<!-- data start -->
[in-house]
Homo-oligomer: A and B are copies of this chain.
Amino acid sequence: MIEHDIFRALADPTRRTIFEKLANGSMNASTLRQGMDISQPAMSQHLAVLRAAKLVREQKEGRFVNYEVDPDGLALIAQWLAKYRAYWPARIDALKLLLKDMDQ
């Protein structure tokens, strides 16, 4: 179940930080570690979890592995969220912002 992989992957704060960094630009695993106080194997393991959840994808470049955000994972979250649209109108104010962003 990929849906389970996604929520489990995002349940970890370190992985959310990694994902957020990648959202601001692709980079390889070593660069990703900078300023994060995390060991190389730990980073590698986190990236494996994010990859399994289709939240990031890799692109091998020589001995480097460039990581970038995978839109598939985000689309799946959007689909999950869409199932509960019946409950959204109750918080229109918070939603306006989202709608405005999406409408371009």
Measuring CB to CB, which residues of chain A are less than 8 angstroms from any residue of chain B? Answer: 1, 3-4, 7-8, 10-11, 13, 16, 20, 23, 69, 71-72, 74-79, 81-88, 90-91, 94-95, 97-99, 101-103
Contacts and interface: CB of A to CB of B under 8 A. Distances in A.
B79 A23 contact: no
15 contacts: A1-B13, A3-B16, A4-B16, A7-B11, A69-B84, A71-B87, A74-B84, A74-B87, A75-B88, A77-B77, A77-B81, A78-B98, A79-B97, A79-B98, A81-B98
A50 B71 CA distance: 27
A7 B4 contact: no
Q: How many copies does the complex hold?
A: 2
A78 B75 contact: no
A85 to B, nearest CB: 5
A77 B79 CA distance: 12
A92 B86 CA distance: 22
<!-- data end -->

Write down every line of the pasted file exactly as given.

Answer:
[in-house]
Homo-oligomer: A and B are copies of this chain.
Amino acid sequence: MIEHDIFRALADPTRRTIFEKLANGSMNASTLRQGMDISQPAMSQHLAVLRAAKLVREQKEGRFVNYEVDPDGLALIAQWLAKYRAYWPARIDALKLLLKDMDQ
């Protein structure tokens, strides 16, 4: 179940930080570690979890592995969220912002 992989992957704060960094630009695993106080194997393991959840994808470049955000994972979250649209109108104010962003 990929849906389970996604929520489990995002349940970890370190992985959310990694994902957020990648959202601001692709980079390889070593660069990703900078300023994060995390060991190389730990980073590698986190990236494996994010990859399994289709939240990031890799692109091998020589001995480097460039990581970038995978839109598939985000689309799946959007689909999950869409199932509960019946409950959204109750918080229109918070939603306006989202709608405005999406409408371009």
Measuring CB to CB, which residues of chain A are less than 8 angstroms from any residue of chain B? Answer: 1, 3-4, 7-8, 10-11, 13, 16, 20, 23, 69, 71-72, 74-79, 81-88, 90-91, 94-95, 97-99, 101-103
Contacts and interface: CB of A to CB of B under 8 A. Distances in A.
B79 A23 contact: no
15 contacts: A1-B13, A3-B16, A4-B16, A7-B11, A69-B84, A71-B87, A74-B84, A74-B87, A75-B88, A77-B77, A77-B81, A78-B98, A79-B97, A79-B98, A81-B98
A50 B71 CA distance: 27
A7 B4 contact: no
Q: How many copies does the complex hold?
A: 2
A78 B75 contact: no
A85 to B, nearest CB: 5
A77 B79 CA distance: 12
A92 B86 CA distance: 22